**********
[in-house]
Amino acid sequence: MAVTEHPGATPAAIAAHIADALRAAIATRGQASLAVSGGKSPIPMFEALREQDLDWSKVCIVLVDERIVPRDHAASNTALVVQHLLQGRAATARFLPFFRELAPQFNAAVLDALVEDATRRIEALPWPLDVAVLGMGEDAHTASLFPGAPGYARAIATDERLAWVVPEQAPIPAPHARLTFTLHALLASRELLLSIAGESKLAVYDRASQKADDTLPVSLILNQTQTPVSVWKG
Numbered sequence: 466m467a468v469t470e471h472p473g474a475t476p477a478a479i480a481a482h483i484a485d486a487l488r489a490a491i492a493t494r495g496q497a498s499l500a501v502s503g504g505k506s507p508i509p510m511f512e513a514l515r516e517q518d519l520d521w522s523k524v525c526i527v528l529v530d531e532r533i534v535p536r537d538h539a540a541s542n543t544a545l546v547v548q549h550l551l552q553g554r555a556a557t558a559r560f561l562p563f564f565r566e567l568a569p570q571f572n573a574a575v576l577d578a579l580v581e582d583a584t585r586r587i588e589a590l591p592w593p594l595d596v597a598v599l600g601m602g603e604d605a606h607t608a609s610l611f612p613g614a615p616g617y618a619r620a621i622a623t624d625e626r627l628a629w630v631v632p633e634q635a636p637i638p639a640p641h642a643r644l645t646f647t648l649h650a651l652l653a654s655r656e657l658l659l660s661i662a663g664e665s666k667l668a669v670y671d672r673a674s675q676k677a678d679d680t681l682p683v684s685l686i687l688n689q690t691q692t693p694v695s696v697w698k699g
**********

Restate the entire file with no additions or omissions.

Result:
[in-house]
Amino acid sequence: MAVTEHPGATPAAIAAHIADALRAAIATRGQASLAVSGGKSPIPMFEALREQDLDWSKVCIVLVDERIVPRDHAASNTALVVQHLLQGRAATARFLPFFRELAPQFNAAVLDALVEDATRRIEALPWPLDVAVLGMGEDAHTASLFPGAPGYARAIATDERLAWVVPEQAPIPAPHARLTFTLHALLASRELLLSIAGESKLAVYDRASQKADDTLPVSLILNQTQTPVSVWKG
Numbered sequence: 466m467a468v469t470e471h472p473g474a475t476p477a478a479i480a481a482h483i484a485d486a487l488r489a490a491i492a493t494r495g496q497a498s499l500a501v502s503g504g505k506s507p508i509p510m511f512e513a514l515r516e517q518d519l520d521w522s523k524v525c526i527v528l529v530d531e532r533i534v535p536r537d538h539a540a541s542n543t544a545l546v547v548q549h550l551l552q553g554r555a556a557t558a559r560f561l562p563f564f565r566e567l568a569p570q571f572n573a574a575v576l577d578a579l580v581e582d583a584t585r586r587i588e589a590l591p592w593p594l595d596v597a598v599l600g601m602g603e604d605a606h607t608a609s610l611f612p613g614a615p616g617y618a619r620a621i622a623t624d625e626r627l628a629w630v631v632p633e634q635a636p637i638p639a640p641h642a643r644l645t646f647t648l649h650a651l652l653a654s655r656e657l658l659l660s661i662a663g664e665s666k667l668a669v670y671d672r673a674s675q676k677a678d679d680t681l682p683v684s685l686i687l688n689q690t691q692t693p694v695s696v697w698k699g